After a statewide push by Ohio Treasurer Richard Cordray, nearly 75% of the state’s annual issue of highway capital improvement bonds sold to retail investors, according to the treasurer’s office.
The retail sales came after Cordray toured across six of the state’s largest cities in mid-April to meet with investors and encourage them to buy the bonds, which he said would allow them to invest in the future of Ohio. For the state, retail investment allows better pricing and the chance to build a large network of local investors, Cordray said.
Of the recent $140 million GO highway bond sale that priced beginning April 21, roughly $105 million sold to individual investors, according to the treasurer’s office. That is significantly more than the 39% of last year’s $190 million sale that sold to retail. State officials had hoped that at least 40% of the bonds would sell to individual investors.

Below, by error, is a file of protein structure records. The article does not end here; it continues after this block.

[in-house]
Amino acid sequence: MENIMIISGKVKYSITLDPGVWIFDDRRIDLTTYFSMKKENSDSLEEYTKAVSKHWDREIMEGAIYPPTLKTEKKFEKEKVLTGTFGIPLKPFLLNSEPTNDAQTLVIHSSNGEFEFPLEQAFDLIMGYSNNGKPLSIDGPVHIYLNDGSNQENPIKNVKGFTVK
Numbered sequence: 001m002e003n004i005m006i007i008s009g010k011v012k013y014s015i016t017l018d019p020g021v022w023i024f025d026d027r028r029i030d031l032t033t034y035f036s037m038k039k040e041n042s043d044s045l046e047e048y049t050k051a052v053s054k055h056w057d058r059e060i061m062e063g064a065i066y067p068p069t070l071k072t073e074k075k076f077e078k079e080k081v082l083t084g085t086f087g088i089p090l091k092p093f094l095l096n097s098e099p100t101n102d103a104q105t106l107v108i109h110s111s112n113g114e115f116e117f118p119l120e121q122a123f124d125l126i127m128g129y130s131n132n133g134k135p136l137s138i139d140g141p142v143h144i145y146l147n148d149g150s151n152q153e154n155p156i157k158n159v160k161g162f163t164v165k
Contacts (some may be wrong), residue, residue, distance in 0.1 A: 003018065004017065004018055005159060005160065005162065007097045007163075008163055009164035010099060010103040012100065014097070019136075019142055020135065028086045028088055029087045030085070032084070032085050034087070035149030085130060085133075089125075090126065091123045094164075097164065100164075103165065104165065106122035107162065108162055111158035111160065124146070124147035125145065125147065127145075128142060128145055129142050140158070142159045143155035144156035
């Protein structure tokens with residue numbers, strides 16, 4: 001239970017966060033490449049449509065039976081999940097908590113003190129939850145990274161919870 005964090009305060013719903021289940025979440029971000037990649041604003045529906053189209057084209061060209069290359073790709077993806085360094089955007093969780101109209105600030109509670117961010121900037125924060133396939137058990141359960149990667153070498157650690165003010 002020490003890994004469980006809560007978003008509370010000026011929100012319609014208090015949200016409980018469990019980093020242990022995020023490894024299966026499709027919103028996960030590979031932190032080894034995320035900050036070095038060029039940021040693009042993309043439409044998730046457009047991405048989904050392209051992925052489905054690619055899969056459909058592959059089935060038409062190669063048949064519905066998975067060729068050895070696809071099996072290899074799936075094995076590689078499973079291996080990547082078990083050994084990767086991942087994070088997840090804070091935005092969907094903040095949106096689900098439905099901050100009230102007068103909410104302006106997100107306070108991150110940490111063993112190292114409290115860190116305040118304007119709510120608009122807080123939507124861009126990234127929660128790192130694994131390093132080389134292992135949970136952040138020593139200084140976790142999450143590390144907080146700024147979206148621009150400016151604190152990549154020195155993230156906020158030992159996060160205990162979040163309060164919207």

It is the fourth year in a row that Ohio has targeted local investors for the highway bonds, which are the state’s top rated bonds.
Bonds from last week’s issue mature from 2009 through 2018, with yields ranging from 1.65% with a 3.5% coupon in 2009 to 3.5% with a 5% coupon in 2018. The bonds are not callable.
The success of the recent retail sales has prompted state officials to take similar steps with other bond issues, Cordray said. In a recent sale of revenue revitalization bonds backed by liquor profits, for example, Ohio sold about 40% to retail investors.